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Career breaks and your super

What’s the cost of a career break?

There are all sorts of reasons for taking a break from your job. Whether you’re in your 30s, 40s or 50s, raising a family, caring for a loved one or just taking unpaid leave for your own wellbeing, a career gap – and loss of regular income – can affect your super.

Our career break calculator can give you a good estimate of what that cost might be.

Taking a career break?

See how this will affect your super


You're missing out on ,XXX super contributions

But don’t worry, there are ways to keep your super on track while you’re not working

Salary sacrifice into your super before you take your break (saves tax too)

Salary sacrifice extra $ into your super while you are working and then you’ll have more money to enjoy in retirement.

Salary sacrifice

Get your partner to add to your super

If your partner adds to your super they can get a tax offset while also helping to keep your super growing.

Spouse super

If you have multiple super accounts, roll them into one so you can save on fees

Extra accounts can cost $50,000 by the time you retire*. Now is the right time to roll your other accounts into one super account.


Check again Assumptions


  • The calculator assumes you do not receive any super contributions during your career break
  • Full time is considered to be five days or more per week
  • Superannuation Guarantee Contribution is currently 11% of ordinary time earnings and is presently legislated to incrementally increase to 12% by 2025
  • The calculation assumes no change to superannuation guarantee or wage rates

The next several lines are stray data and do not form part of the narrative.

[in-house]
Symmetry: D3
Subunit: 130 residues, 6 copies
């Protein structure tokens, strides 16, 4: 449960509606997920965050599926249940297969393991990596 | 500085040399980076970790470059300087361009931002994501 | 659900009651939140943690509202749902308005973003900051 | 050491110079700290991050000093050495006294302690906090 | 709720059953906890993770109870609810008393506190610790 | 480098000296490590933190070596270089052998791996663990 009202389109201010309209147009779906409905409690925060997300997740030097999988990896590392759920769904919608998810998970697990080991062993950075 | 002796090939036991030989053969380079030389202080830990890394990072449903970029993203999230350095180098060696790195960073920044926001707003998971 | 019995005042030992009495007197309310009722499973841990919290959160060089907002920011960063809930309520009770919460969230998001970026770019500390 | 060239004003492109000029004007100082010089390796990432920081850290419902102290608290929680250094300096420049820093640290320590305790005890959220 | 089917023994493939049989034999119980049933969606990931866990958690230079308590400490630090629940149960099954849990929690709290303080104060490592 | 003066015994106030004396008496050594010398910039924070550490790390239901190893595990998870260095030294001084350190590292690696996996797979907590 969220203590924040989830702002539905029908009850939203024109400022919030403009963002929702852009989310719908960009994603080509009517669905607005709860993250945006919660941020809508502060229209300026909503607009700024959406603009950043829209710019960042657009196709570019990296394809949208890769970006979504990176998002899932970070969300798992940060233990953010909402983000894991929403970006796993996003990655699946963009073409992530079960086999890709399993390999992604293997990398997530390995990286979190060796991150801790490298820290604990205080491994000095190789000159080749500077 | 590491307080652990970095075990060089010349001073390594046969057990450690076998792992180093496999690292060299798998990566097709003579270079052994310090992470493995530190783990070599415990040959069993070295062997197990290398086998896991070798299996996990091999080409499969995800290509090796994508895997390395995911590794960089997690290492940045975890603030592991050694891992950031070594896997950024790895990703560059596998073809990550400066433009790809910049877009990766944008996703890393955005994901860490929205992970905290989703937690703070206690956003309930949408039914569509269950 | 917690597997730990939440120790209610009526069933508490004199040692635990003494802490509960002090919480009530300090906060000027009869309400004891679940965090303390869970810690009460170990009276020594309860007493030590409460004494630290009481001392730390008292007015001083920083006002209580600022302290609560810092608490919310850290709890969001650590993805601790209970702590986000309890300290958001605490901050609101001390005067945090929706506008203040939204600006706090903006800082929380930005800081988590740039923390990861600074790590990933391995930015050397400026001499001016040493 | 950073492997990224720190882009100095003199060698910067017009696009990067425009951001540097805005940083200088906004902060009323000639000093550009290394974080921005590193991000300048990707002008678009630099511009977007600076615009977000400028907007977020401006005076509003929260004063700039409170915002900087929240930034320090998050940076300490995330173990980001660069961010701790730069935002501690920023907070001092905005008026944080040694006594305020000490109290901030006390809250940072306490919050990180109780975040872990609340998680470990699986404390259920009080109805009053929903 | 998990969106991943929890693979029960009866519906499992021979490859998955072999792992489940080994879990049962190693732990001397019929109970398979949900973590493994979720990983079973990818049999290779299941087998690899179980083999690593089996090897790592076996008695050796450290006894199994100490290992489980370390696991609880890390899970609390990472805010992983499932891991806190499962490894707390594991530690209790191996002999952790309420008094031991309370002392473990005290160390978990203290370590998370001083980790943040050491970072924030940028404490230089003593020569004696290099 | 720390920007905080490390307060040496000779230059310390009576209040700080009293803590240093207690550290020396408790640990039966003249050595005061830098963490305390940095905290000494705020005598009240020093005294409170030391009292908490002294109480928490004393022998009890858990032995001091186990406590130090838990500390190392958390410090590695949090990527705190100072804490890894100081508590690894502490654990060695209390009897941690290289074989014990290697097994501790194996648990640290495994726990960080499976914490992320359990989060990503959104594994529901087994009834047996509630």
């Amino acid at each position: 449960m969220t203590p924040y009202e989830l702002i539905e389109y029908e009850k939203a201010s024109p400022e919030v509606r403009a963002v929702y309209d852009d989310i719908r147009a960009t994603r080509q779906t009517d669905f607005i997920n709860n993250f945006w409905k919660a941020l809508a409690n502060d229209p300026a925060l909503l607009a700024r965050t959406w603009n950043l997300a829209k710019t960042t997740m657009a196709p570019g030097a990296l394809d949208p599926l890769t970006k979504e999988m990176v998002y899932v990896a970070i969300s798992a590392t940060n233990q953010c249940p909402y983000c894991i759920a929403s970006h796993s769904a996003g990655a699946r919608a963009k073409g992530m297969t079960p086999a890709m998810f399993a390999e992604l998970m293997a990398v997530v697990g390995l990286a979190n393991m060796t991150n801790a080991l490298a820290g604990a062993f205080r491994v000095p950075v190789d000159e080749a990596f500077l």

• The dollars shown are not discounted for inflation
  • The 'missing out' figure is calculated according to the time you will be away from work plus any period thereafter where you are working less days than before you took your career break


This tool is not intended to be relied upon for the purposes of making a financial decision. Consider a fund's PDS and your objectives, financial situation and needs, which are not accounted for in this information before making an investment decision. You are responsible for your own investment decisions and should obtain specific, individual advice from a financial services licensee before making any financial decisions.

Super tips for taking a career break

For many people, career breaks are a fact of life, but there are things you can do to minimise the negative effects.

  • If you have a partner who is working, discuss getting them to make spouse contributions to your super while you’re on your break.
  • While you’re still working, salary sacrifice or make voluntary contributions to your super to help reduce any superannuation shortfall as a result of not earning an income.
  • If it’s feasible, pick up some part-time, casual or freelance work while you’re on a break. If your work hours are not enough to attract employer super contributions, invest some of the money you earn in your super account and hence, your future retirement income.

Making the most of a lower income

If you are on a lower income, you may be eligible for a Government Co-contribution to your super. Under this scheme, for every dollar that you contribute voluntarily to your super, the Australian Government will contribute 50 cents to your account up to a maximum of $500 per year.

If you are earning during your career break, but less than $58,445 per year, it is worth checking whether you are eligible.

What more can be done?

All levels of government have a role to play in making sure the superannuation system works equitably. This means bridging the gender super gap so women are not retiring with less than men.

Changes that would help address the gender super gap are:

  • The federal government paying super on the Commonwealth Parental Leave Pay Scheme. This would mean a mother of two who accessed the scheme would be $14,000 better off at retirement.
  • State and Territory governments paying super on the paid parental leave schemes of their direct and indirect employees. If these governments extended the coverage of super on paid parental leave, over 400,000 workers, mostly women, would benefit.
  • Employers have an opportunity to lead the way on best practice by paying superannuation on employer funded parental leave.

For more information read ISA’s report on paying super on parental leave.

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